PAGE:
According to the National Hole-in-One Registry, the odds of two amateur golfers hitting an ace on the same hole on the same day is 17 million to 1.

So what would be the odds of it happening twice on Wisconsin golf courses in one week? Incalculable. Like earning SuperCash and Megabucks on the same day.

Call Mr. Ripley. The near-impossible has happened.

On July 27, two golfers hit aces on the same hole during an outing hosted by Spectrum Investment Advisors at Trappers Turn in Wisconsin Dells. Exactly seven days later, on August 2, it happened again when two golfers hole-in-one on the same hole during a Stars and Stripes outing at Camelot Golf Club in Lomira.

The Spectrum outing was a “customer appreciation day”. Although the organizers can’t really take credit for it, two customers left Trappers Turn with the golf memory of a lifetime.






Ken Frank (left) and David Roche (right) pose with their hole-in-one flags after their aces at Trappers Turn on the same hole. In the middle is Jim Marshall, an ambassador for Spectrum Investment Advisors, who organized the July 27 golf outing.


First on Canyon No. 7, Ken Frank of Monona, who plays with a handicap of 16. The downhill hole was 147 yards.

“I hit my 150-yard club — a Ping, by the way — and my Callaway golf ball,” Frank said.

Wait, he has sponsorship deals?

“The ball hit the green and started rolling and we kind of lost it to the sun and the shadows,” Frank said. “I walked to the hole. When you first look at the top of the first quarter hole and don’t see the ball, it’s like going from adulation to depression. And then finally you get three quarters above the hole and there it sits.

Frank is 68 years old and has been golfing for over 50 years. It was his first hole-in-one.

“It can happen at any time,” he said.

The best part of the story, however, is that Frank was playing with his best friend, Minocqua’s Jay Erfurth. Twenty-five years ago, Frank witnessed Erfurth’s hole-in-one at Lake Arrowhead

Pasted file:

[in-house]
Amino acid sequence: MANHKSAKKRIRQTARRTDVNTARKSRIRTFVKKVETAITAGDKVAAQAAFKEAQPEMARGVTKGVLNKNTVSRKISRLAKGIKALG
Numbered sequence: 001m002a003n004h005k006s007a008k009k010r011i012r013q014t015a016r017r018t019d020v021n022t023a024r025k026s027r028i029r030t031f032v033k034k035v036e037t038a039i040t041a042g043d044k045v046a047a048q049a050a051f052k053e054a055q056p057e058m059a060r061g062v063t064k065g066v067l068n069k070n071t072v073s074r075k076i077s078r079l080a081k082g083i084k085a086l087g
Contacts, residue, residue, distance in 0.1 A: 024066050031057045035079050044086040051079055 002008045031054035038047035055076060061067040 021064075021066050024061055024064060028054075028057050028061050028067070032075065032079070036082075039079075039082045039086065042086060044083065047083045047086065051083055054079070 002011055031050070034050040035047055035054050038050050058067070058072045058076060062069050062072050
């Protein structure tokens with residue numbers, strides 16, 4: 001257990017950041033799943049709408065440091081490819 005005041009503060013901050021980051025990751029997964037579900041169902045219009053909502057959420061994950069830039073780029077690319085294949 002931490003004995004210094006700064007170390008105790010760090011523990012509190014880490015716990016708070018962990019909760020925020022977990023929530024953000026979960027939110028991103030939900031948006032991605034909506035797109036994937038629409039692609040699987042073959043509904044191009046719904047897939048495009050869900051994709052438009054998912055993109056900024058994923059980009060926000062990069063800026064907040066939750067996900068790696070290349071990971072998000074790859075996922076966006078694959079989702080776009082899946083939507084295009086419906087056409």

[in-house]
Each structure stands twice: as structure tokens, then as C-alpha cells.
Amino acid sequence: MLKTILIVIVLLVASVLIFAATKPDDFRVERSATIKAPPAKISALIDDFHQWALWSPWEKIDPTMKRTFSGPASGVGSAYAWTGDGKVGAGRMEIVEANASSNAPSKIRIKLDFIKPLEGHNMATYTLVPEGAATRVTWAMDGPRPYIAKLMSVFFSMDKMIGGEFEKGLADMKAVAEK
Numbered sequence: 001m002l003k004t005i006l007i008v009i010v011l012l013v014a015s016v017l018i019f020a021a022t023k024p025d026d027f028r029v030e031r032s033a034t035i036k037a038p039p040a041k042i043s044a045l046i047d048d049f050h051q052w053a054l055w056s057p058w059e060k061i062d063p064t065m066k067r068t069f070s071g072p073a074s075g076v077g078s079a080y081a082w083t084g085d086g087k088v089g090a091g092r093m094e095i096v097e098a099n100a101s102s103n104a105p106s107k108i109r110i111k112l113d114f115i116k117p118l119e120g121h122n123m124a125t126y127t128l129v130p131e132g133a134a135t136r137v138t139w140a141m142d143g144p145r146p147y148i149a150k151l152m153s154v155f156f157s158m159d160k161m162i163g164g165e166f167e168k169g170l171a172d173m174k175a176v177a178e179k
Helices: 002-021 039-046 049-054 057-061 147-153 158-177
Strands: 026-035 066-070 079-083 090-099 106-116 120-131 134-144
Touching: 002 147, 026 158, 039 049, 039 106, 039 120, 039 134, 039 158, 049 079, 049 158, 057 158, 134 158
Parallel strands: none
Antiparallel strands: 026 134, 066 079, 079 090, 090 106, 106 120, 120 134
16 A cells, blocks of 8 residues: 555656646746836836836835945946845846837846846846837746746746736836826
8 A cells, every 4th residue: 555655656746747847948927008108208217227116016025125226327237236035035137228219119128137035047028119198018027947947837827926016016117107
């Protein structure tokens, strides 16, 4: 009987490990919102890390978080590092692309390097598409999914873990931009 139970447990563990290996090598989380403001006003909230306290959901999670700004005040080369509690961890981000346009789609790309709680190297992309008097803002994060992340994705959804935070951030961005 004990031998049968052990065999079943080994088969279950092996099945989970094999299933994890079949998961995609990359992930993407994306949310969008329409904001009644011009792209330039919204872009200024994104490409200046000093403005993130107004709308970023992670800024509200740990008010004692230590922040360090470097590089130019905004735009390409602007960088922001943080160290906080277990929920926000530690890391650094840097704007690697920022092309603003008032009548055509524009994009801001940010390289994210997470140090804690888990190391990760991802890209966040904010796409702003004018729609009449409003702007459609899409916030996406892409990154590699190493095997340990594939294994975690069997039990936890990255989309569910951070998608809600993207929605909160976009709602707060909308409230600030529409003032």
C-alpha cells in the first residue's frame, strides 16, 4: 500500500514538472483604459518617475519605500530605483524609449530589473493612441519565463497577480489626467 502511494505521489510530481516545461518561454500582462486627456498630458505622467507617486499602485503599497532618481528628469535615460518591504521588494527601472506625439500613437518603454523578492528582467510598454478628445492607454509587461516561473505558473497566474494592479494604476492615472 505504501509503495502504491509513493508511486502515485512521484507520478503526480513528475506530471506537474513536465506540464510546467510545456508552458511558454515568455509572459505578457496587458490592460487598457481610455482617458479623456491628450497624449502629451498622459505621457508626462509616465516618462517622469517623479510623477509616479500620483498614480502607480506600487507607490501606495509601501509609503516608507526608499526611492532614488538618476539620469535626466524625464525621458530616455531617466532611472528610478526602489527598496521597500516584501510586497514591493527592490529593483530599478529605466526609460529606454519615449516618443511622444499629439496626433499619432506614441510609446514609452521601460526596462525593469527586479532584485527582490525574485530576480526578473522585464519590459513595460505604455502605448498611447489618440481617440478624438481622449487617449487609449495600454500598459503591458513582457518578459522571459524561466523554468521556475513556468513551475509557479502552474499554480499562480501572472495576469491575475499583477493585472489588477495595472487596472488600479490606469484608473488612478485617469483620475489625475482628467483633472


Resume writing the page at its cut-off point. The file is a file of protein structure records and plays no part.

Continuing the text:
“Of course he bought dinner and drinks,” Frank said. “And for 25 years, all I’ve ever heard on a par-3 – and I play with him once a month – is, ‘Boy, I’m thirsty’ or, before I knock,” Boy, that would be a good time for dinner.

“At the end of the night and in the five different bars we visited in the Dells area, I probably bought 50 drinks for different people who were with us. I definitely had a MasterCard injury.

Shortly after Frank made his ace, 41-year-old David Roche of Brookfield stepped up to the start of Canyon No. 7 with his 7 iron.

“I hit it thin and lost the ball in the tree line,” he said. “It was a small cutter, but I knew it was heading for the hole. One playing partner said he thought he saw it come in, but the other playing partner said he thought he saw a ball still on the putting green.

“I walked to the green with my putter, looking for the ball.”

He found it in the hole.

“It was a little incredulous,” said Roche, whose handicap index is 20.6. “Took a while to figure it out. We were playing in a scramble with a shotgun start, so that was my last shot of the day.”

Not a bad way to end the round.

An ace is also a great way to start a round.







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Sami Williams (left) and Ian Stawicki pose for a photo after they both had a hole-in-one on No. 13 on the same day while out at Camelot Golf Club in Lomira.


Just ask Milwaukee’s Sami Williams, who hole-in-one on his very first swing at the Stars and Stripes outing at Camelot. She used a 9 iron to pierce the No. 13 on the shotgun start. The hole measured 114 meters.

“I hit last (in his group), since I was playing from the front tees,” she said. “We didn’t have a single ball on the green, so they told us, ‘Stay close because you’re the only shot we have left. I take a nice easy swing and the path was right at the hole. We just hoped he had the distance. It took two rebounds and fell in and you could see it the whole time.

“It was crazy. I screamed. … Everyone clapped their hands and said how amazing it was.

Williams, 27, played golf at Sussex Hamilton High School and Lakeland University in Sheboygan, but had never hit a hole-in-one.

Shortly after Williams’ ace, Muskego’s Ian Stawicki hit the number 13 with a 7-iron. The hole was 176 yards from his tee.

“It was actually on our last hole that I discovered,” Williams said. “Our cart walked up to me and she was like, ‘You’re not going to believe this. I just served another guy who had a hole-in-one on the same hole. I said, ‘ Really?’ I was disappointed. I was super excited because it was my first one I ever hit. That kind of took away some of the excitement.

“But it’s still a big deal.”

Four golfers now have a story to tell, a story that no longer needs embellishment. But golfers being golfers…

“If you call me in a month or two,” Frank said, “the hole will get longer and the club will get shorter.”